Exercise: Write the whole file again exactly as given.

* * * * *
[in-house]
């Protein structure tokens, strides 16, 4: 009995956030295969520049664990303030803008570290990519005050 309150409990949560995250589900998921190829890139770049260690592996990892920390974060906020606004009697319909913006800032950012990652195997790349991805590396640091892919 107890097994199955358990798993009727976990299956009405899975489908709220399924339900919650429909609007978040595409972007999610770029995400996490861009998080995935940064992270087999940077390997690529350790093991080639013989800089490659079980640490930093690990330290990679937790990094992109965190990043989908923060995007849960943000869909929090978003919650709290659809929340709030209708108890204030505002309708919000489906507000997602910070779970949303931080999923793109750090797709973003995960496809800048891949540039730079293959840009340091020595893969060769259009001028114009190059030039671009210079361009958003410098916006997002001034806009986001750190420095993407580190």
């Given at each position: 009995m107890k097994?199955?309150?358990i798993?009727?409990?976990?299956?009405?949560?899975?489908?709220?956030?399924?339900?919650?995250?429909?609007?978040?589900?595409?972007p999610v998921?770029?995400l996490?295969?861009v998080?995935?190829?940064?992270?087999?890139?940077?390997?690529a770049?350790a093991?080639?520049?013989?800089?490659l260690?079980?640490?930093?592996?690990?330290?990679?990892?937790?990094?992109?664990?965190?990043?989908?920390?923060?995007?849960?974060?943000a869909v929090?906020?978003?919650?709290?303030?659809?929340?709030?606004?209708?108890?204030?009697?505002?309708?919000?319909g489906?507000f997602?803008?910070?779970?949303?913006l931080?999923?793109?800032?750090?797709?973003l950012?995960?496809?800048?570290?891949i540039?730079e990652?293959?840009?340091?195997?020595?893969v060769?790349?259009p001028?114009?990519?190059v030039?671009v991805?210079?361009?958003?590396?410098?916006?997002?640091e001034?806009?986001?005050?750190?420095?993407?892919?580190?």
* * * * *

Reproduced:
[in-house]
């Protein structure tokens, strides 16, 4: 009995956030295969520049664990303030803008570290990519005050 309150409990949560995250589900998921190829890139770049260690592996990892920390974060906020606004009697319909913006800032950012990652195997790349991805590396640091892919 107890097994199955358990798993009727976990299956009405899975489908709220399924339900919650429909609007978040595409972007999610770029995400996490861009998080995935940064992270087999940077390997690529350790093991080639013989800089490659079980640490930093690990330290990679937790990094992109965190990043989908923060995007849960943000869909929090978003919650709290659809929340709030209708108890204030505002309708919000489906507000997602910070779970949303931080999923793109750090797709973003995960496809800048891949540039730079293959840009340091020595893969060769259009001028114009190059030039671009210079361009958003410098916006997002001034806009986001750190420095993407580190």
């Given at each position: 009995m107890k097994?199955?309150?358990i798993?009727?409990?976990?299956?009405?949560?899975?489908?709220?956030?399924?339900?919650?995250?429909?609007?978040?589900?595409?972007p999610v998921?770029?995400l996490?295969?861009v998080?995935?190829?940064?992270?087999?890139?940077?390997?690529a770049?350790a093991?080639?520049?013989?800089?490659l260690?079980?640490?930093?592996?690990?330290?990679?990892?937790?990094?992109?664990?965190?990043?989908?920390?923060?995007?849960?974060?943000a869909v929090?906020?978003?919650?709290?303030?659809?929340?709030?606004?209708?108890?204030?009697?505002?309708?919000?319909g489906?507000f997602?803008?910070?779970?949303?913006l931080?999923?793109?800032?750090?797709?973003l950012?995960?496809?800048?570290?891949i540039?730079e990652?293959?840009?340091?195997?020595?893969v060769?790349?259009p001028?114009?990519?190059v030039?671009v991805?210079?361009?958003?590396?410098?916006?997002?640091e001034?806009?986001?005050?750190?420095?993407?892919?580190?």